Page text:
Fast Start; Integration or Isolation?


Aiko Offner R

Each year, Harvard-Westlake welcomes around 80 new ninth grade students in addition to the existing 200. New students go through the Fast Start program, a process seventh graders go through as well. However, the ninth grade Fast Start program has done little to integrate the new students into the grade as a whole.

The Fast Start program introduces incoming students to the campus, and way of life here at Harvard-Westlake. The program lasts five days, where students go through four class periods a day, starting two weeks before school starts. Students don’t get to attend their real classes, but they get acquainted with skills such as using the Hub, the student portal, and the Honor Code.

“The first part of the process [of integrating the students] is fast start. We encourage all new ninth graders to do Fast Start because it is so important. They get to meet each other, who are all in the same boat. And on the first day, when they show up, it is not as daunting,” said ninth-grade dean Elizabeth Ilg.

However, while Fast Start introduces students to the works of the campus, it fails to integrate students into the grade as a whole. The pre-existing students had little exposure to the new students before the school year started, creating cliques.

“I do see a lot of the new ninth graders who met at fast start grouping up and staying together, kind of isolating themselves from the rest of the grade,” said Abel Pereira ‘23, a new ninth grader.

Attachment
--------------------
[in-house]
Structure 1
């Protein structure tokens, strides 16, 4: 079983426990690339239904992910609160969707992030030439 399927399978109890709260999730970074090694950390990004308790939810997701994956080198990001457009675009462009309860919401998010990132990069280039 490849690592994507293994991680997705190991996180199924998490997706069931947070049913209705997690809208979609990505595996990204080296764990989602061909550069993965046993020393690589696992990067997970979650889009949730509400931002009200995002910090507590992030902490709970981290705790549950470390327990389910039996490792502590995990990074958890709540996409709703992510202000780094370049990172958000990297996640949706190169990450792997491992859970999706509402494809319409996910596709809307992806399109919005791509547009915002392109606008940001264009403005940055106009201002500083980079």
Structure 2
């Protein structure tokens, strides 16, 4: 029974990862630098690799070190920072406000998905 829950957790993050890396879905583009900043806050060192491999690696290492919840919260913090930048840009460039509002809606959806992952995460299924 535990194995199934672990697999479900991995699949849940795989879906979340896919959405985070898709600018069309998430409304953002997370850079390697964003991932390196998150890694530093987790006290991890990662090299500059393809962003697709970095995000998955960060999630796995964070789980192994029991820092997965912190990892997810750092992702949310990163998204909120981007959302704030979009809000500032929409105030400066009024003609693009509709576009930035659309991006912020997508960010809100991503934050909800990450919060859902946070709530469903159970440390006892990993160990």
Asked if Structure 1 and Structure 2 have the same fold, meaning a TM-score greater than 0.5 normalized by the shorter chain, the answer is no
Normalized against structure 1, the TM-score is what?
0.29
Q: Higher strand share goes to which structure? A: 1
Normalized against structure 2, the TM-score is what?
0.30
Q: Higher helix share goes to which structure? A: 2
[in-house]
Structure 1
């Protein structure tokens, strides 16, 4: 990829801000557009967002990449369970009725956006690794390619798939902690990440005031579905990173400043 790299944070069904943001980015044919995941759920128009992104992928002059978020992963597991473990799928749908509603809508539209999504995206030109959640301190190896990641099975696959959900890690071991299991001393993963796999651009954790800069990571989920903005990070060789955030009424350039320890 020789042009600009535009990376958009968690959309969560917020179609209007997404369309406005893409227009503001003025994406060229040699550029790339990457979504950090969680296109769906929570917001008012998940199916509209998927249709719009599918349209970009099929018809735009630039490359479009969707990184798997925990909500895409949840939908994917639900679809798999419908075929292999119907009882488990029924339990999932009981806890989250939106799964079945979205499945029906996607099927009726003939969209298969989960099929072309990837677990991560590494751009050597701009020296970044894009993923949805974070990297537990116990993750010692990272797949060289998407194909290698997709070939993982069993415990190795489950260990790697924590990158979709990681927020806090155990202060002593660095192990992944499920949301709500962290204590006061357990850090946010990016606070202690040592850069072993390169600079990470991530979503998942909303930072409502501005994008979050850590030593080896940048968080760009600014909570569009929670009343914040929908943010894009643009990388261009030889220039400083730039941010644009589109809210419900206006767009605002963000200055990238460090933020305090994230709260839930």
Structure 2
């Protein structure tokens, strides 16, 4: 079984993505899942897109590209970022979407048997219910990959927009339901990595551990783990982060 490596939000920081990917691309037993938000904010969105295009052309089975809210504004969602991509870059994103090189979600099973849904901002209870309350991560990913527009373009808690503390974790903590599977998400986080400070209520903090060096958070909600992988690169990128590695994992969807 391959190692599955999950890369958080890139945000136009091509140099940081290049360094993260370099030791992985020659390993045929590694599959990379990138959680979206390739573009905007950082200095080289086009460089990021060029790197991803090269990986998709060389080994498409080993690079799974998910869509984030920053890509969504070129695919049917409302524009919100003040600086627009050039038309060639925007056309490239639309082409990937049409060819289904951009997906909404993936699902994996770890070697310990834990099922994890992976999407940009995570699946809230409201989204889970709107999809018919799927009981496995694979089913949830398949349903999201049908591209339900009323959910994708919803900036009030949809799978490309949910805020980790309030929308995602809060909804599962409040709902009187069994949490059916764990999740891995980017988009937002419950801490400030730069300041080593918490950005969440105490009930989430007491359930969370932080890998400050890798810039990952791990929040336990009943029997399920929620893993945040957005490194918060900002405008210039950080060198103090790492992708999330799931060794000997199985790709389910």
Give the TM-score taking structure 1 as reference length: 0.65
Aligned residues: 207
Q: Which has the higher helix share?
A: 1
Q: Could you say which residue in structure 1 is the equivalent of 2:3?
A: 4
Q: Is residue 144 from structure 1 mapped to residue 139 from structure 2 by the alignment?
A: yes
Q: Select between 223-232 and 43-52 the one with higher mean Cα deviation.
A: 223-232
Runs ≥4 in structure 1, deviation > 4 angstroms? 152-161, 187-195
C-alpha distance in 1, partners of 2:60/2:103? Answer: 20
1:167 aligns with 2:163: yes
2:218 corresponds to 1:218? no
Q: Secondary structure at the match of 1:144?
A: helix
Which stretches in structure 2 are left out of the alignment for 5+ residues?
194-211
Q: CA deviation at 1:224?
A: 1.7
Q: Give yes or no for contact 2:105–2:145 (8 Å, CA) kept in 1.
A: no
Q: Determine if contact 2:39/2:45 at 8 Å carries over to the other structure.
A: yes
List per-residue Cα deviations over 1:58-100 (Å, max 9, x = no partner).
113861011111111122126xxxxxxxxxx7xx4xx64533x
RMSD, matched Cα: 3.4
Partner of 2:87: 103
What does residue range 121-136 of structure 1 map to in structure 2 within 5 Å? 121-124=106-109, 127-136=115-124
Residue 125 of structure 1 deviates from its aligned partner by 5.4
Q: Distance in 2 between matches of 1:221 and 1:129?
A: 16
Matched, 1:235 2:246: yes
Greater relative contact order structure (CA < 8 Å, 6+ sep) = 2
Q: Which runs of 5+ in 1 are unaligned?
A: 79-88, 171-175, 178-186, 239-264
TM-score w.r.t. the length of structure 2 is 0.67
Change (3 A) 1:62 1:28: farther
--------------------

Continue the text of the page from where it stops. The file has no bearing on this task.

It is human nature to cling to comfortability, and due to our hormonal teenage awkwardness, talking to new people can be quite intimidating. When thrown in a school setting, where competition and social status becomes more evident, the pressure from ourselves to appear a certain way can hurt the ability students have to mingle between different cliques.

Seventh grade Fast Start enables students who were in the program to fully interact and observe their entire grade in a low pressure environment. While most will not have the chance to personally get to know the whole class, they have an opportunity to familiarize themselves with over two-fifths of their grade.

“I feel like I’ve gotten to know a good portion of by grade through fast start, so I didn’t feel as lost on the first day,” states Tiffany Armour ‘25.

While Fast Start would be redundant for pre-existing students to go to, it would be ideal to be able to have some sort of interaction with students before the beginning of the school year, in a more relaxed environment.

“I think the new ninth graders are integrated well with the other new ninth graders, but I think the school could put a little more effort in integrating them with the old ninth graders,” said Lily Lee, ‘23.

The school should do more to integrate the new and old students, but we should also keep in mind the responsibilities students have to be as warm and welcoming to others. It’s intimidating to put yourself out there to be judged, and be vulnerable to rejection. But human connections are vital, and you never know what’s going to last. It’s never too late to meet new people, so current and future ninth-graders; put yourself out there, make new friendships, and embrace all people.